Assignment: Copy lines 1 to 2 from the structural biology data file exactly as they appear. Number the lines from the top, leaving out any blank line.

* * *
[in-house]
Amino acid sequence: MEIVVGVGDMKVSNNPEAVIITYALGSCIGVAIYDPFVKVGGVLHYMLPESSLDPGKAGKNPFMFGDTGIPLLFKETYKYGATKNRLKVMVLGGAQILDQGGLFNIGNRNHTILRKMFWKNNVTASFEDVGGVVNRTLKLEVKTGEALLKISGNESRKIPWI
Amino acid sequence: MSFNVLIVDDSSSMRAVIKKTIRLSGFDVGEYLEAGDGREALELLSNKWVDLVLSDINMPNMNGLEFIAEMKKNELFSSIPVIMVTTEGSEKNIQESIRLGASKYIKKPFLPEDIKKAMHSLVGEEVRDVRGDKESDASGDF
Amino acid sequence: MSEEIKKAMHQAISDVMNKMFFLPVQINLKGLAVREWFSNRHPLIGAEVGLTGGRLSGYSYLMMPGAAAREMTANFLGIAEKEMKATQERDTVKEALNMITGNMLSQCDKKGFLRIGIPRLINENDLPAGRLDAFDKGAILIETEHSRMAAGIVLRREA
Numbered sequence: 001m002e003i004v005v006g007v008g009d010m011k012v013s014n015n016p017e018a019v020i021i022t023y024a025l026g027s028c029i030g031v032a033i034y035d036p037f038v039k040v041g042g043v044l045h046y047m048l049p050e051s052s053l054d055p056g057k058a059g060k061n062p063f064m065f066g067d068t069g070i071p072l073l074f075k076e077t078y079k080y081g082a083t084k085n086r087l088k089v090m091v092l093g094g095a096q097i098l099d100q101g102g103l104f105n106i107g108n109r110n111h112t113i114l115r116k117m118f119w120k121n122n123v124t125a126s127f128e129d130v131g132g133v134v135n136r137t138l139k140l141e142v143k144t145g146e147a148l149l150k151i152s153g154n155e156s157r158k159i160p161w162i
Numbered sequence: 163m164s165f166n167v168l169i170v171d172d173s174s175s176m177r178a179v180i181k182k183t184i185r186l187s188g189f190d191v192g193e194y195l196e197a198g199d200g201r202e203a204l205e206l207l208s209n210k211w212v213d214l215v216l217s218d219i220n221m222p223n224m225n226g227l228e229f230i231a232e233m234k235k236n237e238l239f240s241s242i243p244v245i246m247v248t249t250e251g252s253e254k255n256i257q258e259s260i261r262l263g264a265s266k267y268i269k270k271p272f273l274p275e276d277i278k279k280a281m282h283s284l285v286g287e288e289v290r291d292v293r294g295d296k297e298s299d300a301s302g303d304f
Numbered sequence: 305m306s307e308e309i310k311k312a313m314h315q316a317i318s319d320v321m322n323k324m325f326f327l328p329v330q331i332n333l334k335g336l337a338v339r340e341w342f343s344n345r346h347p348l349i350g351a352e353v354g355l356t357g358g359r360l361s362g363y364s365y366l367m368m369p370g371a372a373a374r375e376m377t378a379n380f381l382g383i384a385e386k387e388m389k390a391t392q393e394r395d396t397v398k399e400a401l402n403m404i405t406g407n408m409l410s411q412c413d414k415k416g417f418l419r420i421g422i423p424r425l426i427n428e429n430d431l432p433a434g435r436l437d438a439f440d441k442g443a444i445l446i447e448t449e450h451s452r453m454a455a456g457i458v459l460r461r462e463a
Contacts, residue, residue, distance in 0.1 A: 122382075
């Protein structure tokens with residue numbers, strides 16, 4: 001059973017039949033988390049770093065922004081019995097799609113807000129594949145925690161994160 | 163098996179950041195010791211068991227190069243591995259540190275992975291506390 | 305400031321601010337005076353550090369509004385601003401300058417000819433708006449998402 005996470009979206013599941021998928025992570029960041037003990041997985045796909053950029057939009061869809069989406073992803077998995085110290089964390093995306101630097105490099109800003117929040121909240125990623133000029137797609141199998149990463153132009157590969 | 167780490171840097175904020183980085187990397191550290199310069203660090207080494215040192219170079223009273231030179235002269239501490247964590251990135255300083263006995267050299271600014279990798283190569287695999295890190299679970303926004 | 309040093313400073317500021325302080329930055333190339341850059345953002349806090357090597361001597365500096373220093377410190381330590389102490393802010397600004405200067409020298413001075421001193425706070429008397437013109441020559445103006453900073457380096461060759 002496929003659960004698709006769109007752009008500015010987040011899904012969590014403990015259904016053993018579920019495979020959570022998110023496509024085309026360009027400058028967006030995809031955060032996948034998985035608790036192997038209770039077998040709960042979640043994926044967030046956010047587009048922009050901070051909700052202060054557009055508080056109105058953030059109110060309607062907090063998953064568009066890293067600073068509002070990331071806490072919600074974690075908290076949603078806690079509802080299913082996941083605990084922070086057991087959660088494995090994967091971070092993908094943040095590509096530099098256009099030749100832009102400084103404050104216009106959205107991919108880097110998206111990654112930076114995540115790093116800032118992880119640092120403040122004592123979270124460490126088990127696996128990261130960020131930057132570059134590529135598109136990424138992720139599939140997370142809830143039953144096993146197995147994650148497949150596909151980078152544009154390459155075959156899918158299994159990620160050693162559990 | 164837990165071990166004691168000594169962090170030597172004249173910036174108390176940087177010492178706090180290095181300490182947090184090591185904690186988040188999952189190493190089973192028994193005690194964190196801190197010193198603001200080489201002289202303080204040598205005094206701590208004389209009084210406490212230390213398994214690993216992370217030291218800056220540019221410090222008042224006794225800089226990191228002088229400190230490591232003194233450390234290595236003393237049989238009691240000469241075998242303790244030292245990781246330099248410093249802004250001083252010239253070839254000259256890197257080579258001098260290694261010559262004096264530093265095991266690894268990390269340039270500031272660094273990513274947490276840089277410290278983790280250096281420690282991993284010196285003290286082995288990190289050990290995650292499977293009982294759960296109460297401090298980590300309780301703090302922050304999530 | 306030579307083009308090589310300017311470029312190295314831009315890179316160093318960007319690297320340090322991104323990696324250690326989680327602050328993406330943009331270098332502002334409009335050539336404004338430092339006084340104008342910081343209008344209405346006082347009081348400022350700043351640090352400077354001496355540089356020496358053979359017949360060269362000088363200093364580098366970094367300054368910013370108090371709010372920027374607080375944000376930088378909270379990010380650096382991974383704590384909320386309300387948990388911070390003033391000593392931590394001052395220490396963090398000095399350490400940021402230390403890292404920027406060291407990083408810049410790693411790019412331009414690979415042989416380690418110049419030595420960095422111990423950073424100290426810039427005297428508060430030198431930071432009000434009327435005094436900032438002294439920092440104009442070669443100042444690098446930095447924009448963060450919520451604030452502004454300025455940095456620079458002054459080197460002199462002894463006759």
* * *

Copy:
[in-house]
Amino acid sequence: MEIVVGVGDMKVSNNPEAVIITYALGSCIGVAIYDPFVKVGGVLHYMLPESSLDPGKAGKNPFMFGDTGIPLLFKETYKYGATKNRLKVMVLGGAQILDQGGLFNIGNRNHTILRKMFWKNNVTASFEDVGGVVNRTLKLEVKTGEALLKISGNESRKIPWI